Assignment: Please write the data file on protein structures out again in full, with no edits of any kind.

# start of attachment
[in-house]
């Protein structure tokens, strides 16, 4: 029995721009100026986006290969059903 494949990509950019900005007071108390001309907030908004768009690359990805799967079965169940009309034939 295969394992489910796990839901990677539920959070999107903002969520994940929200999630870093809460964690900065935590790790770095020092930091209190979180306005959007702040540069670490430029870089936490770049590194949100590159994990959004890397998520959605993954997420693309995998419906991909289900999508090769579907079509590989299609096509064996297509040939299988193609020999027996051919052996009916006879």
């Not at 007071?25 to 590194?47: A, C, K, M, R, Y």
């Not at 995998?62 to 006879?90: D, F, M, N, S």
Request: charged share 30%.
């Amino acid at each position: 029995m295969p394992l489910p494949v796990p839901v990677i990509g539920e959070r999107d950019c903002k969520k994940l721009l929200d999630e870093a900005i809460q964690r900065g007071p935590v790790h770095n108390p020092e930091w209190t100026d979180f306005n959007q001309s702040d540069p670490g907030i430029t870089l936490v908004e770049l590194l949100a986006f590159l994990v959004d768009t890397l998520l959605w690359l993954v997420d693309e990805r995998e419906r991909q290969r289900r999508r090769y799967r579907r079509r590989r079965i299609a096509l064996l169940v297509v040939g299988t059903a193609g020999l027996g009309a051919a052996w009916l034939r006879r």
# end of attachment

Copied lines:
[in-house]
């Protein structure tokens, strides 16, 4: 029995721009100026986006290969059903 494949990509950019900005007071108390001309907030908004768009690359990805799967079965169940009309034939 295969394992489910796990839901990677539920959070999107903002969520994940929200999630870093809460964690900065935590790790770095020092930091209190979180306005959007702040540069670490430029870089936490770049590194949100590159994990959004890397998520959605993954997420693309995998419906991909289900999508090769579907079509590989299609096509064996297509040939299988193609020999027996051919052996009916006879």
């Not at 007071?25 to 590194?47: A, C, K, M, R, Y």
């Not at 995998?62 to 006879?90: D, F, M, N, S």
Request: charged share 30%.
């Amino acid at each position: 029995m295969p394992l489910p494949v796990p839901v990677i990509g539920e959070r999107d950019c903002k969520k994940l721009l929200d999630e870093a900005i809460q964690r900065g007071p935590v790790h770095n108390p020092e930091w209190t100026d979180f306005n959007q001309s702040d540069p670490g907030i430029t870089l936490v908004e770049l590194l949100a986006f590159l994990v959004d768009t890397l998520l959605w690359l993954v997420d693309e990805r995998e419906r991909q290969r289900r999508r090769y799967r579907r079509r590989r079965i299609a096509l064996l169940v297509v040939g299988t059903a193609g020999l027996g009309a051919a052996w009916l034939r006879r």